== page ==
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NMR studies of a Glutaredoxin 2 from Clostridium oremlandii



Grx2 is a glutaredoxin from gram positive bacterium Clostridium oremlandii (strain OhILAs), which is Cys-homolog of selenoprotein Grx1. Grx2 is a poor reductant of selenoprotein MsrA not like Grx1 while the reducing activity is reversed in two Grxs for Cys version of MsrA.


The wild-type Grx2 and the C15S mutant were overexpressed in E.coli and purified by affinity chromathography and gel filtration. The 3D NMR spectra was collected and assigned all the backbone chemical shifts including Cα, Cβ, CΟ, HN, and N of Grx2 and C15S mutant. The protein folding of two proteins were evaluated by circular dichroism.


Here we report the protein purification and NMR spectroscopic study of recombinant Grx2 and the C15S mutant. The HSQC spectrum of two proteins show chemical shift difference for residues 8-19, 52-55,66. The circular dichroism result shows that recombinant proteins are well folded.


The conformation of two proteins resembles the oxidized form (wild-type Grx2) and the reduced form (the C15S mutant). The residues showing chemical shift difference will join the conformational change of Grx2 upon a disulfide formation.


Glutaredoxins (Grxs) have been studied in decades and described as glutathionine-dependent reductases of the disulfide formed during its catalytic cycle (Holmgren et al. 2005. Grxs are able to restore the growth of E.coli in a mutant lacking thioredoxin (Trx) (Holmgren 1976). Trxs and Grxs share several functions but Grxs are more versatile in choice of substrate and reaction mechanisms (Holmgren 1989). Two groups of Grxs, dithiol and monothiol Grxs, are divided upon catalytic site and functional mechanism (Lillig et al. 2008). Dithiol Grxs contain the characteristic CPYC active site motif and monothiol Grxs lack the C-terminal active site cysteine in the CGFS motif. Both Grxs utilize glutathionine (GSH) as a substrate and share structural elements of binding GSH. GSH is a major biological compound and has a pivotal role in cellular redox homeostasis (Meister 1994). The ratio of GSH and the oxidized form of GSH, glutathionine disulfide (GSSG), are major determinants of cellular redox state. Grxs could regulate the cellular processes related with the GSH-GSSG redox state. Many organisms contain a unique composition of Grxs. E.coli contains four Grxs, two classical dithiol Grxs (Grx1 and Grx3), one unusual dithiol Grx (Grx2), and one monothiol Grx (Grx4) (Vlamis-Gardikas & Holmgren 2002; Fernandes & Holmgren 2004). The structures of Grxs have been studied by X-ray crystallography and NMR spectroscopy. Grxs belong to the Trx fold family which consists of a four stranded β-sheet surrounded by three α-helices. In addition to the active site motif, two additional regions are present for binding of GSH; the residues preceding the cis-proline (consensus: TVP) and the residues following the GG-motif (consensus: GGxdD) (Lillig et al. 2008).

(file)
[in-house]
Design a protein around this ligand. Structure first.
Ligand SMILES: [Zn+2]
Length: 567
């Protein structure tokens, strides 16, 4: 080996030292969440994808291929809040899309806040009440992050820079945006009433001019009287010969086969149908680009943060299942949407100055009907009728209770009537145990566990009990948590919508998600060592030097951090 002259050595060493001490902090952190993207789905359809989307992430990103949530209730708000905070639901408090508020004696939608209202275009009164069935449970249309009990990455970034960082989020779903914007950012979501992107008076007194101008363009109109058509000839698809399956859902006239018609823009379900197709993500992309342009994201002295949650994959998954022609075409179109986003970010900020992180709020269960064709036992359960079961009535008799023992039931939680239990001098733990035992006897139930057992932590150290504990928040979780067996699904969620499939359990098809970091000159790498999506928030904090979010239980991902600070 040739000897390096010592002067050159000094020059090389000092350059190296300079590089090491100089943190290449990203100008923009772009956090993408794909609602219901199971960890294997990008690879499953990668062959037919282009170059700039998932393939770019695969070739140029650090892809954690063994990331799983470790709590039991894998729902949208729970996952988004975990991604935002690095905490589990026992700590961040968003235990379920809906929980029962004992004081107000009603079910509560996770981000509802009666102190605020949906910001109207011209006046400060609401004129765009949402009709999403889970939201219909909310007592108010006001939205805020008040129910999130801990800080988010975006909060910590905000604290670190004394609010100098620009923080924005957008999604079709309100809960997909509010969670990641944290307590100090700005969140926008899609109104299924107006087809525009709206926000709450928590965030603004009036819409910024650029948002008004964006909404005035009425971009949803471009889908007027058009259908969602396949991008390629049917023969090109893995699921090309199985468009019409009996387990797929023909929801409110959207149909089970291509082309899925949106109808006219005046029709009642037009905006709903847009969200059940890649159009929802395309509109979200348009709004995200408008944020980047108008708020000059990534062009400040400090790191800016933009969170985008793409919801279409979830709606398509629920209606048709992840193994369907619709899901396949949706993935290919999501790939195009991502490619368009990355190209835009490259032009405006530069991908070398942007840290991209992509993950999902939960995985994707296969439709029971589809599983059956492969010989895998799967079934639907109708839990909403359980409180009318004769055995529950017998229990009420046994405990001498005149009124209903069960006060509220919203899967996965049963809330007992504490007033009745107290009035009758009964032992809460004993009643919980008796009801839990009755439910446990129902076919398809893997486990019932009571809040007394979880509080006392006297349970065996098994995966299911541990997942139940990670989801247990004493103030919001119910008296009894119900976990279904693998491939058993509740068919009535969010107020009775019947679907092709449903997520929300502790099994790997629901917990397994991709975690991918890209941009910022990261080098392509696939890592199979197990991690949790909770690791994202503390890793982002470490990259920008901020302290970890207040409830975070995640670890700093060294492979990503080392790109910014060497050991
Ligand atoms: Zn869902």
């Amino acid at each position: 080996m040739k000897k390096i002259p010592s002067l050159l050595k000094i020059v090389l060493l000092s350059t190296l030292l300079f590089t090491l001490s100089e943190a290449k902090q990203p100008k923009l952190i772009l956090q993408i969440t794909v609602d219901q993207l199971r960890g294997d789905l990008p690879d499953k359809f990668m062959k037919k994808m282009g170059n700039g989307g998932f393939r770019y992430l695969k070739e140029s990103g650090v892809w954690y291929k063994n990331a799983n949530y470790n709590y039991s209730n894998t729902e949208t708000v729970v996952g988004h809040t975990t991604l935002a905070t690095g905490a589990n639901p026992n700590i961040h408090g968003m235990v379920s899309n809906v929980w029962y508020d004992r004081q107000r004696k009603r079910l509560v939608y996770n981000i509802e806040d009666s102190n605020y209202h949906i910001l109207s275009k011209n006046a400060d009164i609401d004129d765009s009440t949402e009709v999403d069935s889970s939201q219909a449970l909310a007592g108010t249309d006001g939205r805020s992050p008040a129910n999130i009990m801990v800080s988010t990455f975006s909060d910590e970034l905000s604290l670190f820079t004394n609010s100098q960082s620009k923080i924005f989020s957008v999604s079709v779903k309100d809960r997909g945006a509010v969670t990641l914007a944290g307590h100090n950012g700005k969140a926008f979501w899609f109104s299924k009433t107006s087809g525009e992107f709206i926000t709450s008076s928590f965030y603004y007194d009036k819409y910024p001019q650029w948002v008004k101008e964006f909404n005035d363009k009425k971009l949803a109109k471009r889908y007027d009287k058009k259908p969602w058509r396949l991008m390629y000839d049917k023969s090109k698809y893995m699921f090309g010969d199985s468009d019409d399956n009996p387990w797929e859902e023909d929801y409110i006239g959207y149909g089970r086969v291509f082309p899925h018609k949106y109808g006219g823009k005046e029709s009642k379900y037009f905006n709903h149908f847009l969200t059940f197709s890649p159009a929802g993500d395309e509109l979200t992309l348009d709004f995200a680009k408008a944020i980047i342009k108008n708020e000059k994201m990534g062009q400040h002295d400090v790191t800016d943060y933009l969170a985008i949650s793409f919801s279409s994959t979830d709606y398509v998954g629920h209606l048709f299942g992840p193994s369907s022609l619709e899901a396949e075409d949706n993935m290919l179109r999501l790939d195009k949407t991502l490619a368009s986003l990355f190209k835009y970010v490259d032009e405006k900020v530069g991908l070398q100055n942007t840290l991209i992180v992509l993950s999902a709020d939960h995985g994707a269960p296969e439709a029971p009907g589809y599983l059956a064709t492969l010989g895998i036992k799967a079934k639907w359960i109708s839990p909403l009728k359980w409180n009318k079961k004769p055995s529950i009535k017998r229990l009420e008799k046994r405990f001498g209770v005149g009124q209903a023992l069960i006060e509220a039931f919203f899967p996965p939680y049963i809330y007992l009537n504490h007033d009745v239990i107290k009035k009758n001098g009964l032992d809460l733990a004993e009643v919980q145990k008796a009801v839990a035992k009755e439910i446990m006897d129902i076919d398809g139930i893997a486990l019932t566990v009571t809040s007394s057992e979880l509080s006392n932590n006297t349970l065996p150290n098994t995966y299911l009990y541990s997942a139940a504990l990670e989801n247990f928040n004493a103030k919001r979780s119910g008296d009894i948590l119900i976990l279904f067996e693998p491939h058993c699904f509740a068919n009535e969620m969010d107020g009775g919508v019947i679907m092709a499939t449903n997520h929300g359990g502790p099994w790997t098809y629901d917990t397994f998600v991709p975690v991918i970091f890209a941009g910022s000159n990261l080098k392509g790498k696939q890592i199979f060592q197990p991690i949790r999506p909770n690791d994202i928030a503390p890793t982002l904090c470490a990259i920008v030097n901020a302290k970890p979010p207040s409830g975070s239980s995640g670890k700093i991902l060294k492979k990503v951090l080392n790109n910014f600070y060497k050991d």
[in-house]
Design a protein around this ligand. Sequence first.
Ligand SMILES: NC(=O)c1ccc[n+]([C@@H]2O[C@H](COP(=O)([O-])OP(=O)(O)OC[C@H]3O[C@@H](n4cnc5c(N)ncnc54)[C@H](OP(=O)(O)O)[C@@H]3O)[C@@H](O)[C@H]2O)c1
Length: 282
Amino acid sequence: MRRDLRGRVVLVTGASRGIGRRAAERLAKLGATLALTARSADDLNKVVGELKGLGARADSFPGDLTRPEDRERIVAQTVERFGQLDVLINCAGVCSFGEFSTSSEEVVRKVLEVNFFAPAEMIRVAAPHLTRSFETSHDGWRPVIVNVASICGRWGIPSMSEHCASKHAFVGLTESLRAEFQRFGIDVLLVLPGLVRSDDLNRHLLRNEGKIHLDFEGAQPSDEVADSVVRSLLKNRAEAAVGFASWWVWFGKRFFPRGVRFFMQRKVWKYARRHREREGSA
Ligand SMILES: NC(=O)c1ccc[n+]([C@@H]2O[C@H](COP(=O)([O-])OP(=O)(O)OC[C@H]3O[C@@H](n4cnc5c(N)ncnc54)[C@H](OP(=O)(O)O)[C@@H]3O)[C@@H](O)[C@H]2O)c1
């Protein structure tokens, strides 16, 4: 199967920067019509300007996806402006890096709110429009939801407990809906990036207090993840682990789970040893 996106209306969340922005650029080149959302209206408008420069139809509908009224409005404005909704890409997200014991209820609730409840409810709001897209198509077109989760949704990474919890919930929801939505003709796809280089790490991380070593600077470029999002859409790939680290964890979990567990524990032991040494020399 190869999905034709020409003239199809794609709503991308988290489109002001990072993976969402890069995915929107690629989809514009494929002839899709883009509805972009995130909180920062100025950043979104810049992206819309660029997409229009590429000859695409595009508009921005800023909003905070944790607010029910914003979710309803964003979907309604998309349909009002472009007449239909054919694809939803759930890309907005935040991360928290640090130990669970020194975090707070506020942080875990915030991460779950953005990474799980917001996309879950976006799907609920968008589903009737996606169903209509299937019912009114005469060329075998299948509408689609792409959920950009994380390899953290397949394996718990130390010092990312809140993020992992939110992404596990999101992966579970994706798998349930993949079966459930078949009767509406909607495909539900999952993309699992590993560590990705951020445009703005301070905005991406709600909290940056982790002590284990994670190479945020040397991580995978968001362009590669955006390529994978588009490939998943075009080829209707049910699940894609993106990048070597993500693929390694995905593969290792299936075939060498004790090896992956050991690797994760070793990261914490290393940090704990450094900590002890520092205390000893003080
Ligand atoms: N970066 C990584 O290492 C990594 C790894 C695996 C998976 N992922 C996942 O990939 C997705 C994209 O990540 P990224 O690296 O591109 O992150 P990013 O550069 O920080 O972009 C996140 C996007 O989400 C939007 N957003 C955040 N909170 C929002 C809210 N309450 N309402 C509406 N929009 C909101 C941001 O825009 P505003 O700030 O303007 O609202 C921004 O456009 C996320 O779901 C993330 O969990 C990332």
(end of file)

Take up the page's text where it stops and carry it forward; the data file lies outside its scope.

Clostridium oremlandii (strain OhILAs) is a selenoprotein-rich organism and contains selenoprotein MsrA and selenoprotein Grx1 (Kim et al. 2006). C.oremlandii has a Cys-homolog protein of selenoprotein Grx1 which is defined as glutaredoxin 2 (Grx2). MsrA catalyzes the reduction of oxidized methionine residue in cellular proteins. A cysteine residue at the active site of MsrA is oxidized after the catalysis and then recycled by reductases like Trx. Selenoprotein MsrA shows 20-fold higher catalytic activity than its Cys-containing form instead of selenocysteine (Sec). This organism uses Grx proteins, Grx1 or Grx2, for reduction of the oxidized MsrA instead of Trxs. Selenoprotein Grx1 is a strong reductant of selenoprotein MsrA while Grx2 shows poor reducing activity for selenoprotein MsrA (Boschi-Muller et al. 2000). Although Grx1 and Grx2 share sequence homology of 55%, the reducing activity for selenoprotein MsrA is extremely different. Interestingly, the reducing activity of Grxs is reversed between Cys vesion of Grx1 and wild-type Grx2 for Cys version of MsrA. Grx2 shows high reducing activity whereas Cys version Grx1 shows almost no activity in reduction of Cys version of MsrA (Kim et al. 2011). Previously, we reported the backbone assignment result of Cys version Grx1 (Lee et al. 2012). To investigate the structural characteristics of Grx2, we have performed the NMR spectroscopy of Grx2 and its C15S mutant. Grx2 consists of 85 amino acid residues including three cysteine residues in its sequence and contains a conserved CGPC motif of dithiol Grxs. Two cysteine residues are defined as catalytic and resolving cysteines depending on the role during the cataylsis. Catalytic cysteine reduces the substrate and then the oxidized cysteine is recovered by the resolving cysteine. The resolving cysteine C15 is introduced to obtain the advantages in monitoring the molecular interaction between catalytic cysteines of Grx2 and MsrA. The wild-type and the C15S mutant of Grx2 are subjected to NMR experiments and circular dichroism. Here, we report purification and NMR backbone assignment of recombinant Grx2 proteins.


Cloning, expression and purification